You may have heard or seen the television series like “Tokyo Diner”, or perhaps "Cheers", where everyone knows your name. It is the concept of an intimate eatery seating less than 20 people, and run by an “onesan” or “mama”, usually the owner of the eatery. It is no coincidence that the word onesan means ‘older sister', as the place has more of a family feel, a contrast to the formal atmosphere that some traditional Japanese Kaiseki restaurants are known for, where the customer is treated like the king.
What makes these places so different to the usual bars is that either the customers know each other, or the place is so small and conducive to social connection, that a newcomer is welcomed to their inner circle, kind of a private party where you can order much what you like, and you can chat to anyone in the restaurant.
While they are very much favourites and treasured secrets amongst locals, it is not often that tourists can stumble across a place like this. Here, you can talk on first name terms with the owner, as I call her my “sister” Tomoko, and the party got underway, attracting the attention of passers-by, hoping to get into the action. Invariably a couple would come in, and not wanting them to miss out, we poured them a shot of our huge bottle of sake.
This place features a counter which while a little on the low side, provided a view of the kitchen. We sat a little bit further over two wooden tables, while not next the kitchen, is so close that you can easily chat with the owner.
Tonight, due to several days of supply disruption, there was only four items available on the menu, Potato wedges, fried chicken, gyoza dumplings and yakisoba noodles. These were are all crowd pleasers and our party of ten were more than happy to order multiple plates of each dish. Every dish, while simple, was cooked to perfection. The chicken was crisp on the outside and juicy on the inside, letting the natural flavours shine without over marinating the chicken. Likewise the Gyoza was juicy and had the right mix of meat and vegetables. Other crowd pleasers include sour citrus Shochu and Kirin beer on tap, though the local product like Sapporo Classic and Nikka Whisky is featured as well.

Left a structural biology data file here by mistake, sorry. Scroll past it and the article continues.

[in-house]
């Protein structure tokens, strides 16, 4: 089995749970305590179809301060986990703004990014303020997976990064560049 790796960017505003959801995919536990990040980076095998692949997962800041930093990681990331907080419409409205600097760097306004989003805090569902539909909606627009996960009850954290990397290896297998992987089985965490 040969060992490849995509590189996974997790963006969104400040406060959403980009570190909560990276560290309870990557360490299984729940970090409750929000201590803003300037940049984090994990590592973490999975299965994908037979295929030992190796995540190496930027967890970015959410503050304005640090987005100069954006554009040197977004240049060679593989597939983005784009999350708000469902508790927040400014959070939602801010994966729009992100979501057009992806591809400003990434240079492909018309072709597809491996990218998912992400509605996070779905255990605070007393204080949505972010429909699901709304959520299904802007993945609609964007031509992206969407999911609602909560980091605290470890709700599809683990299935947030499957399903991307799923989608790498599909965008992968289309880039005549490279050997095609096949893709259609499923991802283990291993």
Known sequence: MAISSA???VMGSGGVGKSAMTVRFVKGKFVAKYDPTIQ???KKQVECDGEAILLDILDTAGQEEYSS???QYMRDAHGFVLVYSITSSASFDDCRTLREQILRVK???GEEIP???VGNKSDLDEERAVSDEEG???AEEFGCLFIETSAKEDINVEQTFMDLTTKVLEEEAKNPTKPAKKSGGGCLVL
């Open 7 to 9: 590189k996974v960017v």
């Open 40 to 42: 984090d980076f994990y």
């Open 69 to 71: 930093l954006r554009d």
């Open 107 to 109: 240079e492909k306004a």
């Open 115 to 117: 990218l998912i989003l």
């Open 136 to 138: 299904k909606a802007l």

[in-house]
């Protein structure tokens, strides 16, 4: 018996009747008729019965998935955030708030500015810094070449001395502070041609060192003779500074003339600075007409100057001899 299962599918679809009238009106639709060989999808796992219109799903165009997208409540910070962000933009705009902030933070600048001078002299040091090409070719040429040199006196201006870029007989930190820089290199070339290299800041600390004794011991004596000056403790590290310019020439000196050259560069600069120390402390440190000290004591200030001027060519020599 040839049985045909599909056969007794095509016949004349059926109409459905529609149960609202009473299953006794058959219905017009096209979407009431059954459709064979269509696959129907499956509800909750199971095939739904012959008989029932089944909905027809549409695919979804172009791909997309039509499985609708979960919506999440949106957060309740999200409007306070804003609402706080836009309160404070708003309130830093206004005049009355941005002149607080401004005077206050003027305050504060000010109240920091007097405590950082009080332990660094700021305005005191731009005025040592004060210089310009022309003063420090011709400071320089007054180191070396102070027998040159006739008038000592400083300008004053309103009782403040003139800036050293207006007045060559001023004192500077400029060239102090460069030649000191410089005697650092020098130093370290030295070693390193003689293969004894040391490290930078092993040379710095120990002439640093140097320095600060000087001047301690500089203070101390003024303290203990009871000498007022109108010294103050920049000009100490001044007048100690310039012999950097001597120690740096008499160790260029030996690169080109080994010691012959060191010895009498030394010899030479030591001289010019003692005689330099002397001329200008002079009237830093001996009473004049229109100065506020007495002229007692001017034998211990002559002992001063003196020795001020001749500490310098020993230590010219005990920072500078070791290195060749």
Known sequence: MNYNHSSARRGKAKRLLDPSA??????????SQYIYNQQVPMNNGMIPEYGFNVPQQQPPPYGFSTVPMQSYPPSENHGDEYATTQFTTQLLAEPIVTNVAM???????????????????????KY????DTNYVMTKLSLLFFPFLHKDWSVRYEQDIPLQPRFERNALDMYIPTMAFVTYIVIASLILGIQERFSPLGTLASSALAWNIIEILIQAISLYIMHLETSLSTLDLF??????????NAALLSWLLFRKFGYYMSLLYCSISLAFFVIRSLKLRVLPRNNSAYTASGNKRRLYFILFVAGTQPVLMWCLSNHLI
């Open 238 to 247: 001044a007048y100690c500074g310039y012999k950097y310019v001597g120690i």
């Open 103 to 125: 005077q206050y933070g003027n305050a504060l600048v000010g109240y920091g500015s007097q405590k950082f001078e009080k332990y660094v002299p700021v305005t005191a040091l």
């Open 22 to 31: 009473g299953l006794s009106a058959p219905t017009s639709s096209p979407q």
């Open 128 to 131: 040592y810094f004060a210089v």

This is Hakodate’s answer to the “hole in the wall” bars in Shibuya and those night eateries in Tokyo folklore that are under the train tracks of Shinagawa or Yurakucho. The place itself is simple, unpretentious, yet homely. There were just some wooden tables and a television in the background showing a baseball game. It blurs the lines between a private party at someone’s house, and a pub or bistro.
There are many pubs like this in the eat street, a grid of small bistros in an area that you could would be lucky to fit eight cars. They mainly serve Japanese cuisine, and even though our pub didn’t have Karaoke, as the place was so small and initiate, it was only natural that we break into song between drinks, whether it was A hard day’s night or any other song where everyone knew the lyrics, well at least the chorus.